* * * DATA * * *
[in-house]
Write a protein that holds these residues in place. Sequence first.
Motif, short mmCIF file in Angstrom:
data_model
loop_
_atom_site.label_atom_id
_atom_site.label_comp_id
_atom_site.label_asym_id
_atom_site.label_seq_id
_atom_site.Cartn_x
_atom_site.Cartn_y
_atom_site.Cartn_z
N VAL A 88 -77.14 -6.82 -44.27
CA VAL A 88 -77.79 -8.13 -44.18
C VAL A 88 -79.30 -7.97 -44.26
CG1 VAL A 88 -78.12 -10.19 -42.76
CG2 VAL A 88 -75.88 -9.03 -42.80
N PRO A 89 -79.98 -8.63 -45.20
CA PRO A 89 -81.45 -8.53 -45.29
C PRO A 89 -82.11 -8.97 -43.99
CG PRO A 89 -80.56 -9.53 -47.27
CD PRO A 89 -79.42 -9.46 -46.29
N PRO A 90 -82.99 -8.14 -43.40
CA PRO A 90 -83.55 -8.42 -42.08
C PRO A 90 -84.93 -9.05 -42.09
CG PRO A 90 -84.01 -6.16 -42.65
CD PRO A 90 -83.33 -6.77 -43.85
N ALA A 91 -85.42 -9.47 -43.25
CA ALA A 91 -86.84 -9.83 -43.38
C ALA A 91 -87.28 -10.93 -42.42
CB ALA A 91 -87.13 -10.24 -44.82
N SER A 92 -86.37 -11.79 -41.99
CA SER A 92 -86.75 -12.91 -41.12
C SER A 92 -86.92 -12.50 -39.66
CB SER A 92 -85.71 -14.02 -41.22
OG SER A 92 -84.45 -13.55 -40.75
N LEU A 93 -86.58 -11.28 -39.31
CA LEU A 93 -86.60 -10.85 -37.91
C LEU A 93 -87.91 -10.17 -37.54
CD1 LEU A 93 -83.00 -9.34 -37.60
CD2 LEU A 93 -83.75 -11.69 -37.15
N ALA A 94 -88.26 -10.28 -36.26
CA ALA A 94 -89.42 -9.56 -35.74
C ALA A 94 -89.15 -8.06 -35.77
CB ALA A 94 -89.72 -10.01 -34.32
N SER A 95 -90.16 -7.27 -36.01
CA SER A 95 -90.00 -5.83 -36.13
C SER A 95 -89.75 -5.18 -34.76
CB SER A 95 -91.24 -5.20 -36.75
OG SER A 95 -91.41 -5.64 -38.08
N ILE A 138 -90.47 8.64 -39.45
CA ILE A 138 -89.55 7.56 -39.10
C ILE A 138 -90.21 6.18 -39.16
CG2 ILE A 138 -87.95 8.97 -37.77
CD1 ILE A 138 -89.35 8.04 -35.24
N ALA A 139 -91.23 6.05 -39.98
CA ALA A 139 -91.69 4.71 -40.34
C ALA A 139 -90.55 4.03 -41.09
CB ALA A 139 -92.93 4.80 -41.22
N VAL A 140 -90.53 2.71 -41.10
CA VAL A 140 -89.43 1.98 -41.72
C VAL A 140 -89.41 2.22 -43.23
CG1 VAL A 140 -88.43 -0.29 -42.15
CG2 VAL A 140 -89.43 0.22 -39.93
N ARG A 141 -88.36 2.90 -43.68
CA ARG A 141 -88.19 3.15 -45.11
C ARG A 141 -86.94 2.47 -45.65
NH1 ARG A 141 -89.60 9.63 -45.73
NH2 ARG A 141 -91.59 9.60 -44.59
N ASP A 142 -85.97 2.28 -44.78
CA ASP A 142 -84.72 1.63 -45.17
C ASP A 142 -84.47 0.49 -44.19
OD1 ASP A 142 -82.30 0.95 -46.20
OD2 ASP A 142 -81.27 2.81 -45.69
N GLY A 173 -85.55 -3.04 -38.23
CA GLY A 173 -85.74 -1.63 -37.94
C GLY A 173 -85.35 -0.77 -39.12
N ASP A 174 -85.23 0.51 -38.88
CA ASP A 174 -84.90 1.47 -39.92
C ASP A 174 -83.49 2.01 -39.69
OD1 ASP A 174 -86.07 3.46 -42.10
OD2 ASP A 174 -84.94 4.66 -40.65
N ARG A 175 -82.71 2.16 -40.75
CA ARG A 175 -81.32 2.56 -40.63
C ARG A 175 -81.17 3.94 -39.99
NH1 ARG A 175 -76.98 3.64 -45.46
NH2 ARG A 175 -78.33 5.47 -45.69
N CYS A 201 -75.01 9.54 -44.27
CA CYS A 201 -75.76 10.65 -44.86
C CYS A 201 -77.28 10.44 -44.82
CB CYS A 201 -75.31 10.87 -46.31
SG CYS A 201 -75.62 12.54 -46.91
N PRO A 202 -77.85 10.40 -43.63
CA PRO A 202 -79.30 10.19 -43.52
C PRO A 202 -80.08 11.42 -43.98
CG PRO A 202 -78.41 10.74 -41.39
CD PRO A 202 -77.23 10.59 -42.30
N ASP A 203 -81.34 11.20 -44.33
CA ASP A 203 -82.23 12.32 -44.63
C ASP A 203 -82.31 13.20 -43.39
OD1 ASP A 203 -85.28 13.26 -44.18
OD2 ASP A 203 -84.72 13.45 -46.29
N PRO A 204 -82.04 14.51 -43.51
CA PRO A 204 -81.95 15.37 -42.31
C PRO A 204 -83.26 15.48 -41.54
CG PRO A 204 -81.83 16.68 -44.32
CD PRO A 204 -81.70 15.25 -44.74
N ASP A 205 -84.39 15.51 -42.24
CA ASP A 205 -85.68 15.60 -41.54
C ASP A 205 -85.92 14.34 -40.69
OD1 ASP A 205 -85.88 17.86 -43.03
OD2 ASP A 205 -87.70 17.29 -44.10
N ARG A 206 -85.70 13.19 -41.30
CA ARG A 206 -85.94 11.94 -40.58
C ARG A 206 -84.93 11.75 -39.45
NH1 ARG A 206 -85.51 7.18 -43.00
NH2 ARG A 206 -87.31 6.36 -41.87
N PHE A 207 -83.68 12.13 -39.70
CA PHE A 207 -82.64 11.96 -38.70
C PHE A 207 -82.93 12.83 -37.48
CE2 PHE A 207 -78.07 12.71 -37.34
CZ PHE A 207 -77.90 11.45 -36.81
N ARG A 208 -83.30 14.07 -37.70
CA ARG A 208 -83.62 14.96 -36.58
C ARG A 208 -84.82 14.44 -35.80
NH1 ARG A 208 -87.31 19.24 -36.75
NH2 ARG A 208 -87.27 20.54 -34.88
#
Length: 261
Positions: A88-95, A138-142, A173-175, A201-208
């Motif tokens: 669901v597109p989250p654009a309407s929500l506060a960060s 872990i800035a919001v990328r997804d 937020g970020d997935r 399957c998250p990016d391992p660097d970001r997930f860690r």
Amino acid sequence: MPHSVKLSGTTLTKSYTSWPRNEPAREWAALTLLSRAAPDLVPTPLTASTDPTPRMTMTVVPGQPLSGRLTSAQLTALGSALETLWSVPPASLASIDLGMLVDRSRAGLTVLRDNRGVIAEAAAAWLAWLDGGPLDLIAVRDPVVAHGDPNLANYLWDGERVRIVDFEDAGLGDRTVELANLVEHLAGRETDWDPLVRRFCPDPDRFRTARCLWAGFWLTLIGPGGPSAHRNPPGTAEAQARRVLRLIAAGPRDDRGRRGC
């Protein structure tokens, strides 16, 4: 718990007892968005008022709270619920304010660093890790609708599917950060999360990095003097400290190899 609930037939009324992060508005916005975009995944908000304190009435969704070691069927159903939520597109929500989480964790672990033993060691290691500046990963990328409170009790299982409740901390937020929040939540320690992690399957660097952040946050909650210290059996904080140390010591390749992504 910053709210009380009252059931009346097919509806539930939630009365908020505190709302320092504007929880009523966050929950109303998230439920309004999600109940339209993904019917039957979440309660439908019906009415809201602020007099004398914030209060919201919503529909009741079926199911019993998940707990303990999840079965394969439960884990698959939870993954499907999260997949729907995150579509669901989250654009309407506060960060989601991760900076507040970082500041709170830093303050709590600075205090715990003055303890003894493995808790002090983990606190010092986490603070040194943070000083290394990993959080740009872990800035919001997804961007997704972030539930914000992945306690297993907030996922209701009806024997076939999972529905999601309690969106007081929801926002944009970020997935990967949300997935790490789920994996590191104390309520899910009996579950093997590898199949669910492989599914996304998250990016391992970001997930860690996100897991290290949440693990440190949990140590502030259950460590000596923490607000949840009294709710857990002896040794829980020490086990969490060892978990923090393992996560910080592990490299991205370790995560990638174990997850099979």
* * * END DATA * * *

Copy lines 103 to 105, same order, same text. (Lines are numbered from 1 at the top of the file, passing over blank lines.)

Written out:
N PRO A 204 -82.04 14.51 -43.51
CA PRO A 204 -81.95 15.37 -42.31
C PRO A 204 -83.26 15.48 -41.54